amphibia and amniotes. By comparing the mechanism of

    zebrafish neurulation with that of amphibians, chick, and

    mouse, we conclude that zebrafish form their neural tube in a

    similar manner to other vertebrates.

    2. The neural tube forms by joining two distinct tubes

    that form by different mechanisms

    The vertebrate neural tube forms from two tubes that

    develop independently, by distinct morphogenetic and

    molecular processes. An anterior (or primary) tube extends

    from the brain to the cervicothoracic region, and a more

    posterior tube develops later in the lumbar and tail region

    (Fig. 1A). The anterior tube forms via primary neurulation

    from an epithelial cell sheet (the neural plate) (Colas and

    Schoenwolf, 2001). In contrast, the posterior tube forms

    from the tail bud via secondary neurulation in which there

    is a transformation of a solid rod of mesenchymal cells to an

    epithelial tube (Criley, 1969; Griffith et al., 1992). Key to

    the distinction between primary and secondary neurulation

    is the definition of epithelial and mesenchymal cell

    populations. We define epithelial tissues as an organized

    and contiguous sheet of cells held together by junctional

    0925-4773/$ - see front matter q 2004 Elsevier Ireland Ltd. All rights reserved.


    Mechanisms of Development 121 (2004) 11891197

    * Corresponding author. Tel.:1-617-258-8242; fax:1-627-258-5578.E-mail address: (H. Sive).

  • complexes, while we define mesenchymal tissue as a

    loosely associated group of cells.

    For both the primary and secondary neural tubes,

    closure of the tube does not occur synchronously along

    the anteroposterior axis, but generally progresses from

    anterior to posterior. Further, the precise position to which

    the anterior tube extends is variable in different organ-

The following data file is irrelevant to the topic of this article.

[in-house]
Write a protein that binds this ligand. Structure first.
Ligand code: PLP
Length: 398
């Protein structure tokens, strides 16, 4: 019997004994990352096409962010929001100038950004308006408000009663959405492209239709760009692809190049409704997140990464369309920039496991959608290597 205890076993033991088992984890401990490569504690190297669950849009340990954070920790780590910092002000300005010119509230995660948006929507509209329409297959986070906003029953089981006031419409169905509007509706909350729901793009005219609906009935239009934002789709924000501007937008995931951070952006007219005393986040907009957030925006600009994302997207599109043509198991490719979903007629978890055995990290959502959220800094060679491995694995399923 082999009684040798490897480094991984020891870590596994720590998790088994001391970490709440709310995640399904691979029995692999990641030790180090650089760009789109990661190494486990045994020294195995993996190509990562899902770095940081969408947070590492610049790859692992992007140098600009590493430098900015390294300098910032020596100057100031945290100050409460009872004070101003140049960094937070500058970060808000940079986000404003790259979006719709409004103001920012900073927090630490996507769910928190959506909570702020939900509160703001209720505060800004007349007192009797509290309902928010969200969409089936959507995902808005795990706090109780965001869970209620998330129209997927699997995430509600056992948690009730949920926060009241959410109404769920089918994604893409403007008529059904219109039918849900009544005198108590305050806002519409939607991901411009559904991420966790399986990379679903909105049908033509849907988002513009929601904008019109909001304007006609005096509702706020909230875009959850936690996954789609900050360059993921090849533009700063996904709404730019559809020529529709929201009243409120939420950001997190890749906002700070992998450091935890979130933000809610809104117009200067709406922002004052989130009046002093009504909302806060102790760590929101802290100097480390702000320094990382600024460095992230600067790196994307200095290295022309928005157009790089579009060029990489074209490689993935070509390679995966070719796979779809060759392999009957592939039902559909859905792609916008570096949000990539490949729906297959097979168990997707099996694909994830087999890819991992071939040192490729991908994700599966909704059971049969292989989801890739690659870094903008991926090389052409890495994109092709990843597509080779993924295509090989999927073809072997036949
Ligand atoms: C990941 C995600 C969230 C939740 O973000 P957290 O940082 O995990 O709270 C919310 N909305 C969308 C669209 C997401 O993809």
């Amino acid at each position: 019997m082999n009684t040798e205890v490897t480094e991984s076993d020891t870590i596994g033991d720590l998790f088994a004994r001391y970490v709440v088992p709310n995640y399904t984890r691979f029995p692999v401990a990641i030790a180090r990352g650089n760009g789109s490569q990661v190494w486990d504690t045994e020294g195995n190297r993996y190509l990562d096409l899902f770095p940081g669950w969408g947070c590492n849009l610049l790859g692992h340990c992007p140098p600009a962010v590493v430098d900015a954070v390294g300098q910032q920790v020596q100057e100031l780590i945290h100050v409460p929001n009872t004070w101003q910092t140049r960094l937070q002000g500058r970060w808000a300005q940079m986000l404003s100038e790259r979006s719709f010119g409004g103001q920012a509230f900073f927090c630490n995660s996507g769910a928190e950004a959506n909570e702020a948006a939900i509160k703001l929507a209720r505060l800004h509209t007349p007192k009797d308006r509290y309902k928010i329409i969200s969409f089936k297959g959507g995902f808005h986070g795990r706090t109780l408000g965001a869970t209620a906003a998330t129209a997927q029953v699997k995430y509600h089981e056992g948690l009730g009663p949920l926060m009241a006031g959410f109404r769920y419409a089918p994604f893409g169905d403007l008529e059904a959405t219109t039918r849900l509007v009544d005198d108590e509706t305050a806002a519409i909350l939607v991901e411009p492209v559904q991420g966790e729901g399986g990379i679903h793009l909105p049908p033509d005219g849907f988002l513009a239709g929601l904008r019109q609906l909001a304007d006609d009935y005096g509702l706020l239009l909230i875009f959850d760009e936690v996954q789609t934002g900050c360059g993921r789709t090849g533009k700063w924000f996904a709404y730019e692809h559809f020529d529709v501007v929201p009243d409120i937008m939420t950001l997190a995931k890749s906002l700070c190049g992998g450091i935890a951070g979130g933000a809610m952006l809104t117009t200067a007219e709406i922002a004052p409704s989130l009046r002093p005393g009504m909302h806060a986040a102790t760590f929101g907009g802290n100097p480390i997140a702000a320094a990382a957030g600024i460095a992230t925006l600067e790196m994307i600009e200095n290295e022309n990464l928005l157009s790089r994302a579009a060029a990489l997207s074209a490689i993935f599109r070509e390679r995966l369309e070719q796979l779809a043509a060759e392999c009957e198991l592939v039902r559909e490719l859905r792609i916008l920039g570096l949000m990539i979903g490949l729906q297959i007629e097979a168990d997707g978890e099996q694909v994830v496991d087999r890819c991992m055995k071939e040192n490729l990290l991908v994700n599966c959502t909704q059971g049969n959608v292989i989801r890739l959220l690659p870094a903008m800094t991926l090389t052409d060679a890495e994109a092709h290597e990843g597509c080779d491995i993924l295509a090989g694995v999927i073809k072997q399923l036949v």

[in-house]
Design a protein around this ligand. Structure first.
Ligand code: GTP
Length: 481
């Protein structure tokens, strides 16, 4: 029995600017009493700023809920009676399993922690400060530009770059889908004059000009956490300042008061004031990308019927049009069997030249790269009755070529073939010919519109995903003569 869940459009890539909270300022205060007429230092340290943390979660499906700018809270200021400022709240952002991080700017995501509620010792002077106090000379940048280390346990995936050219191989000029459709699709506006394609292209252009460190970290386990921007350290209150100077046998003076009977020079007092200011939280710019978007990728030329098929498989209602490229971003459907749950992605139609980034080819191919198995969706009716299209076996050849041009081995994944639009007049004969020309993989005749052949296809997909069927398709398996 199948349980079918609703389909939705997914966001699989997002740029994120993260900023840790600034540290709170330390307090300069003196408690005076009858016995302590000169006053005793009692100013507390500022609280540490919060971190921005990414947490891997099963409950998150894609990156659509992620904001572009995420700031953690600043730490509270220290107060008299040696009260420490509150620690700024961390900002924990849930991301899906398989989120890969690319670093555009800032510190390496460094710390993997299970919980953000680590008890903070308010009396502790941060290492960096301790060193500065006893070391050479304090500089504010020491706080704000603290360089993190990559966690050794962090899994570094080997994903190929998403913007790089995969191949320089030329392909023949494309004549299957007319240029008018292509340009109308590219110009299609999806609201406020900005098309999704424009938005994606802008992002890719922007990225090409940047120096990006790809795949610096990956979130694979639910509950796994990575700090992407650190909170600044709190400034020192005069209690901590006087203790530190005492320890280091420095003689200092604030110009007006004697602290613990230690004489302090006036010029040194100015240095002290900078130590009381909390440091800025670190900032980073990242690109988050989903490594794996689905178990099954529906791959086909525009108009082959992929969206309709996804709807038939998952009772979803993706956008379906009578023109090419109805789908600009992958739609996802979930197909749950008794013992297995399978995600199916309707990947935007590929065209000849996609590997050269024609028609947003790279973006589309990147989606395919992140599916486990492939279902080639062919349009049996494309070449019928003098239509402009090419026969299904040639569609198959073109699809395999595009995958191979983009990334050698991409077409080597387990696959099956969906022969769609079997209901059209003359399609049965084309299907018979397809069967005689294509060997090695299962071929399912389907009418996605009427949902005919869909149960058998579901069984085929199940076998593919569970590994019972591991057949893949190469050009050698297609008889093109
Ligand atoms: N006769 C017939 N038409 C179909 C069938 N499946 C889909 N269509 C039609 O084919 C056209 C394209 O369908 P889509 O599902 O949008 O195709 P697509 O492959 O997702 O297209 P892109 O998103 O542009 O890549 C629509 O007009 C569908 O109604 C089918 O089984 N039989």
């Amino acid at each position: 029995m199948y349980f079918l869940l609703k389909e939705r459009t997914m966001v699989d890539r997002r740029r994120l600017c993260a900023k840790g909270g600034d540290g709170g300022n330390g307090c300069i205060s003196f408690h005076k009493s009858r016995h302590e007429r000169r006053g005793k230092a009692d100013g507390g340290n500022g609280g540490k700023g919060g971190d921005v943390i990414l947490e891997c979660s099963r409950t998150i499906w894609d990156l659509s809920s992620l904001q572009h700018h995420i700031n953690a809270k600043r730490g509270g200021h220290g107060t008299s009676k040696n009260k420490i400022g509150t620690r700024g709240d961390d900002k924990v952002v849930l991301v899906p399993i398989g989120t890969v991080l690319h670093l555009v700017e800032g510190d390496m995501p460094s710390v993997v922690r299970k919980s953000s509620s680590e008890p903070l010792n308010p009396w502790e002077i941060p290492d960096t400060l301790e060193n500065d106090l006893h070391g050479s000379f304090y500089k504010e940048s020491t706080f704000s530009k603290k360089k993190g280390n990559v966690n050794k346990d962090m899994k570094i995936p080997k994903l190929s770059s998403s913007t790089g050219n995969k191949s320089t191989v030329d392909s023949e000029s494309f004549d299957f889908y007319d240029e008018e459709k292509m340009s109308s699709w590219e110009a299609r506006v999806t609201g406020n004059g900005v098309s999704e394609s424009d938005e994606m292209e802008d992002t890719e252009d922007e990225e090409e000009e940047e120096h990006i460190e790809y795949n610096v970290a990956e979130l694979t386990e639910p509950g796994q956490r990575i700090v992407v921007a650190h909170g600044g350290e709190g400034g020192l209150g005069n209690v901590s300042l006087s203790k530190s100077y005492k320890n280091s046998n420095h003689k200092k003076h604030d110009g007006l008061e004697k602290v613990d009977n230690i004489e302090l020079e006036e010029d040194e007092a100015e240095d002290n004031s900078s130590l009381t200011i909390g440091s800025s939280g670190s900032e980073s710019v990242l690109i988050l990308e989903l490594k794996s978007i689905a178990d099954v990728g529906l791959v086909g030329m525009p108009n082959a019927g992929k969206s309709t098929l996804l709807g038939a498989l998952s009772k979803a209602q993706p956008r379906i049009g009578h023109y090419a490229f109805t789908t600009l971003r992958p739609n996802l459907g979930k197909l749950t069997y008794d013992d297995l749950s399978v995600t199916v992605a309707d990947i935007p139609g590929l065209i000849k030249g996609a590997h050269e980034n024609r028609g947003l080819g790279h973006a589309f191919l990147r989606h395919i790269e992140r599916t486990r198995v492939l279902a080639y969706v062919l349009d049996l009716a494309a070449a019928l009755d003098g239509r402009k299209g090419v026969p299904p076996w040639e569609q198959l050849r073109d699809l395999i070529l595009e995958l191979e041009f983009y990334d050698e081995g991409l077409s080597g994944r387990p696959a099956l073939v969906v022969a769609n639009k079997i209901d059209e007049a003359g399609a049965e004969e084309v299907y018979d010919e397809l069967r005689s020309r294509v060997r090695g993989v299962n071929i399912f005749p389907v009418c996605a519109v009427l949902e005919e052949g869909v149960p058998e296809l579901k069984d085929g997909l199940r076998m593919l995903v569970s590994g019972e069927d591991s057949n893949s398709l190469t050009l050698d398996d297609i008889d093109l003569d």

isms, and a region of transition between anterior and

    posterior neural tubes is often apparent. For example, in

    chick, there is an overlap region where primary neurula-

    tion occurs more dorsally and secondary neurulation more

    ventrally within the same neural tube. Thus, in this region,

    there are two neural tubes that eventually coalesce

    into a single tube (Schoenwolf and Delongo, 1980). As

    will be discussed in the following sections, primary

    and secondary neurulation involve distinct morphogenetic

    and molecular mechanisms.

    3. Primary neurulation

    The key characteristic of primary neurulation is that it

    occurs from a preexisting epithelial substrate, which folds,

    rolls, or bends into a tube. The term primary refers to the

    tissues involved in this process as derived from the three

    germ layers of primary body development (Holmdahl,

    1932; Nakao and Ishizawa, 1984). Neurulation of the

    anterior neural tube has been carefully described in

    frog, chick, mouse, and rabbit (Davidson and Keller,

    1999; Morriss-Kay et al., 1994; Peeters et al., 1998;

    Fig. 1. The neural tube forms by two different mechanisms along the anteroposterior axis. (A) Level of the neural tube at which primary and secondary